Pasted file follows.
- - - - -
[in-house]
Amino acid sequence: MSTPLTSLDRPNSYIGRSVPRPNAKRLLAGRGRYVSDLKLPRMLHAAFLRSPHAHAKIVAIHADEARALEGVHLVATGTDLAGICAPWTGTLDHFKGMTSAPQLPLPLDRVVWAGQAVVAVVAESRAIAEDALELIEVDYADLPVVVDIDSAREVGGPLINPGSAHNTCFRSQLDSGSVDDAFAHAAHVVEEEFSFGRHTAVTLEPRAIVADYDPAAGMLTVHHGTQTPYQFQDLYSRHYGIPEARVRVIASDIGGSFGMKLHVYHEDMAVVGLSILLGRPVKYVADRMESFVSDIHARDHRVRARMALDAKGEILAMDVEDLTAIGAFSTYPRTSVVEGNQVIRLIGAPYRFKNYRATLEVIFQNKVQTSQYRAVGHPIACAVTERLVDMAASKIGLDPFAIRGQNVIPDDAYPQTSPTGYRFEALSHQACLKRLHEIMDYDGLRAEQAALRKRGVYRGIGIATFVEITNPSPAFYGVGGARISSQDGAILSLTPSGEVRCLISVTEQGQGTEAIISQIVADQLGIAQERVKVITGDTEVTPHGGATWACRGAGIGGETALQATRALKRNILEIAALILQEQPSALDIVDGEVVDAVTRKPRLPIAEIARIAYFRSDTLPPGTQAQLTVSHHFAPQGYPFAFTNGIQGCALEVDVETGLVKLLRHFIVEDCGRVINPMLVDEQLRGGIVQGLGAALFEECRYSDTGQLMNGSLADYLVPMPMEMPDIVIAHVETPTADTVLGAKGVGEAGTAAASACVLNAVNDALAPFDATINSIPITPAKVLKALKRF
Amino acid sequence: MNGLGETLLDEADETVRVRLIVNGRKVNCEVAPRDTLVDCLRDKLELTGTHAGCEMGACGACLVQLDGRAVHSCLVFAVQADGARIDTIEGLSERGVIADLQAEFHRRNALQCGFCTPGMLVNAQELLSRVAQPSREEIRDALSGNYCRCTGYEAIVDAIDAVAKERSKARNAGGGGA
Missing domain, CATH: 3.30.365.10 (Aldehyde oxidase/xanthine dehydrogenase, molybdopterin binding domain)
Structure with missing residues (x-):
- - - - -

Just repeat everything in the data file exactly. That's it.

[in-house]
Amino acid sequence: MSTPLTSLDRPNSYIGRSVPRPNAKRLLAGRGRYVSDLKLPRMLHAAFLRSPHAHAKIVAIHADEARALEGVHLVATGTDLAGICAPWTGTLDHFKGMTSAPQLPLPLDRVVWAGQAVVAVVAESRAIAEDALELIEVDYADLPVVVDIDSAREVGGPLINPGSAHNTCFRSQLDSGSVDDAFAHAAHVVEEEFSFGRHTAVTLEPRAIVADYDPAAGMLTVHHGTQTPYQFQDLYSRHYGIPEARVRVIASDIGGSFGMKLHVYHEDMAVVGLSILLGRPVKYVADRMESFVSDIHARDHRVRARMALDAKGEILAMDVEDLTAIGAFSTYPRTSVVEGNQVIRLIGAPYRFKNYRATLEVIFQNKVQTSQYRAVGHPIACAVTERLVDMAASKIGLDPFAIRGQNVIPDDAYPQTSPTGYRFEALSHQACLKRLHEIMDYDGLRAEQAALRKRGVYRGIGIATFVEITNPSPAFYGVGGARISSQDGAILSLTPSGEVRCLISVTEQGQGTEAIISQIVADQLGIAQERVKVITGDTEVTPHGGATWACRGAGIGGETALQATRALKRNILEIAALILQEQPSALDIVDGEVVDAVTRKPRLPIAEIARIAYFRSDTLPPGTQAQLTVSHHFAPQGYPFAFTNGIQGCALEVDVETGLVKLLRHFIVEDCGRVINPMLVDEQLRGGIVQGLGAALFEECRYSDTGQLMNGSLADYLVPMPMEMPDIVIAHVETPTADTVLGAKGVGEAGTAAASACVLNAVNDALAPFDATINSIPITPAKVLKALKRF
Amino acid sequence: MNGLGETLLDEADETVRVRLIVNGRKVNCEVAPRDTLVDCLRDKLELTGTHAGCEMGACGACLVQLDGRAVHSCLVFAVQADGARIDTIEGLSERGVIADLQAEFHRRNALQCGFCTPGMLVNAQELLSRVAQPSREEIRDALSGNYCRCTGYEAIVDAIDAVAKERSKARNAGGGGA
Missing domain, CATH: 3.30.365.10 (Aldehyde oxidase/xanthine dehydrogenase, molybdopterin binding domain)
Structure with missing residues (x-):